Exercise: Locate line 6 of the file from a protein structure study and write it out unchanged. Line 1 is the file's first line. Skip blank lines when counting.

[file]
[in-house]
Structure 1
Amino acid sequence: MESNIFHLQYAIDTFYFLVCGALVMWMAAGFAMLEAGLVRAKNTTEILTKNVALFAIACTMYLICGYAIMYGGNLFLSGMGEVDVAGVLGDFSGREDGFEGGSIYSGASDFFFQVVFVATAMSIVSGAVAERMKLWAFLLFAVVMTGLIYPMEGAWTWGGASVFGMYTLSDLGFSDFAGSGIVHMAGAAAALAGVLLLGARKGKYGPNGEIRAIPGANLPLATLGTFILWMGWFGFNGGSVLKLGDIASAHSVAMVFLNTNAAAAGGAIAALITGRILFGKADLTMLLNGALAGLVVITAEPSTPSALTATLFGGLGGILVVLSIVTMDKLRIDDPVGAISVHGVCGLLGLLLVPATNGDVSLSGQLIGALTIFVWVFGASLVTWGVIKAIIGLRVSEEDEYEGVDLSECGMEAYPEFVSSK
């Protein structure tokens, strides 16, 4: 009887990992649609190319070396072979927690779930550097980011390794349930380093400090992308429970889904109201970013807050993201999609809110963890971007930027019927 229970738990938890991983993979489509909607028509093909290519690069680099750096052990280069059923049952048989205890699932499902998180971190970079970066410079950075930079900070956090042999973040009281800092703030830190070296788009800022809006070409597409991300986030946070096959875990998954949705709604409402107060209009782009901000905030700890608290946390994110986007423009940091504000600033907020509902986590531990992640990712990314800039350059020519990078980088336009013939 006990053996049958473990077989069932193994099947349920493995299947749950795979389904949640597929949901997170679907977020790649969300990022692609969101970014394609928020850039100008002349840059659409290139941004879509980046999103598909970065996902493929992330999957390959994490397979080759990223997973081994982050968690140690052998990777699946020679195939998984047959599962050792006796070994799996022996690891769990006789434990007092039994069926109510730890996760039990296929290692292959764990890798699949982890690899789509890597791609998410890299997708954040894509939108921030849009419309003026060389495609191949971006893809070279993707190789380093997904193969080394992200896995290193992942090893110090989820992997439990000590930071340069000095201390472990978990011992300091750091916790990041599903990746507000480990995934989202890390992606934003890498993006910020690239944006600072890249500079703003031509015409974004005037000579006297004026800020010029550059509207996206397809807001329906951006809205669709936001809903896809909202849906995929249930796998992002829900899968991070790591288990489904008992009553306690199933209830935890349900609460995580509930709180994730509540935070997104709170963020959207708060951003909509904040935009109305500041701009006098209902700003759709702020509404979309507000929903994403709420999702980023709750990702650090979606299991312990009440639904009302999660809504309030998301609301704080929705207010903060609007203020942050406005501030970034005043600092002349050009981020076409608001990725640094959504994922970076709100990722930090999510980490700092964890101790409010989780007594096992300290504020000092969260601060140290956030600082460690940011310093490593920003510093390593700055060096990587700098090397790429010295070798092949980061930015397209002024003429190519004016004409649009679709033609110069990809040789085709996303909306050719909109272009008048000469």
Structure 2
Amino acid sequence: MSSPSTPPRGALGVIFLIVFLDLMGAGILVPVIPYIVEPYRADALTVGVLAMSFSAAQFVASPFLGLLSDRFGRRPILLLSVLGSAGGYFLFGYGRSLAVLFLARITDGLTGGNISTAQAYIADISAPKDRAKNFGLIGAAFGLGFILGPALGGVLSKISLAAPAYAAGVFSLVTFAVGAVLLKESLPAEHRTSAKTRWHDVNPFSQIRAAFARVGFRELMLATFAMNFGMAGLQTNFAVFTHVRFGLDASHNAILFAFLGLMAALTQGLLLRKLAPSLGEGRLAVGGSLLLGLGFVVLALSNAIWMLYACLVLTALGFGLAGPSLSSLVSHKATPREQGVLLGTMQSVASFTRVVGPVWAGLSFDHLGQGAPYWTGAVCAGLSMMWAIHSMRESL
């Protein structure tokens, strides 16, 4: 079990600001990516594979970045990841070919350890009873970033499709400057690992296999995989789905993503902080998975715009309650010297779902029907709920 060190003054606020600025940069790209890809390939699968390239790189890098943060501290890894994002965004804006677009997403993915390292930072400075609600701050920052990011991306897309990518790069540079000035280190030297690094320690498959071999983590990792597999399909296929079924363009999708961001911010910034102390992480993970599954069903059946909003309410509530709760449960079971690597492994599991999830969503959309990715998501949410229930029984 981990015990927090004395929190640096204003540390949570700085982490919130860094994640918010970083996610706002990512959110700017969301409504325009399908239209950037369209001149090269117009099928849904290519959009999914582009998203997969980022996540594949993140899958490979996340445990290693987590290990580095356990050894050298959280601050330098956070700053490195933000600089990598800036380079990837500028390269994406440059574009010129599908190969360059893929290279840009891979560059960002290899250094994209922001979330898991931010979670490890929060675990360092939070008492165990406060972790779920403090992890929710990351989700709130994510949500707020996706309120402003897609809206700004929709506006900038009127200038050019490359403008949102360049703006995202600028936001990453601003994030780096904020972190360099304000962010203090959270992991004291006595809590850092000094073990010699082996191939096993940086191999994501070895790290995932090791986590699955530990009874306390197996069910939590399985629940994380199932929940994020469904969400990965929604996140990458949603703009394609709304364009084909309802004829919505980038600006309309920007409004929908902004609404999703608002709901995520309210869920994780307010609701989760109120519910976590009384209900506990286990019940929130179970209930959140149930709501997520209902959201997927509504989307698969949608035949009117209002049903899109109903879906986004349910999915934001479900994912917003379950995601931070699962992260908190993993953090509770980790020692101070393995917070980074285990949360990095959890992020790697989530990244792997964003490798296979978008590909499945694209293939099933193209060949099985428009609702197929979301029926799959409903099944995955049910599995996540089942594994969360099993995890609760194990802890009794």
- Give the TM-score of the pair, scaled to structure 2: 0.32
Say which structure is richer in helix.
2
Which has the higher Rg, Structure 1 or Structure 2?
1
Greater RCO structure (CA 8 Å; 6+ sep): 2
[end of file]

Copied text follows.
Amino acid sequence: MSSPSTPPRGALGVIFLIVFLDLMGAGILVPVIPYIVEPYRADALTVGVLAMSFSAAQFVASPFLGLLSDRFGRRPILLLSVLGSAGGYFLFGYGRSLAVLFLARITDGLTGGNISTAQAYIADISAPKDRAKNFGLIGAAFGLGFILGPALGGVLSKISLAAPAYAAGVFSLVTFAVGAVLLKESLPAEHRTSAKTRWHDVNPFSQIRAAFARVGFRELMLATFAMNFGMAGLQTNFAVFTHVRFGLDASHNAILFAFLGLMAALTQGLLLRKLAPSLGEGRLAVGGSLLLGLGFVVLALSNAIWMLYACLVLTALGFGLAGPSLSSLVSHKATPREQGVLLGTMQSVASFTRVVGPVWAGLSFDHLGQGAPYWTGAVCAGLSMMWAIHSMRESL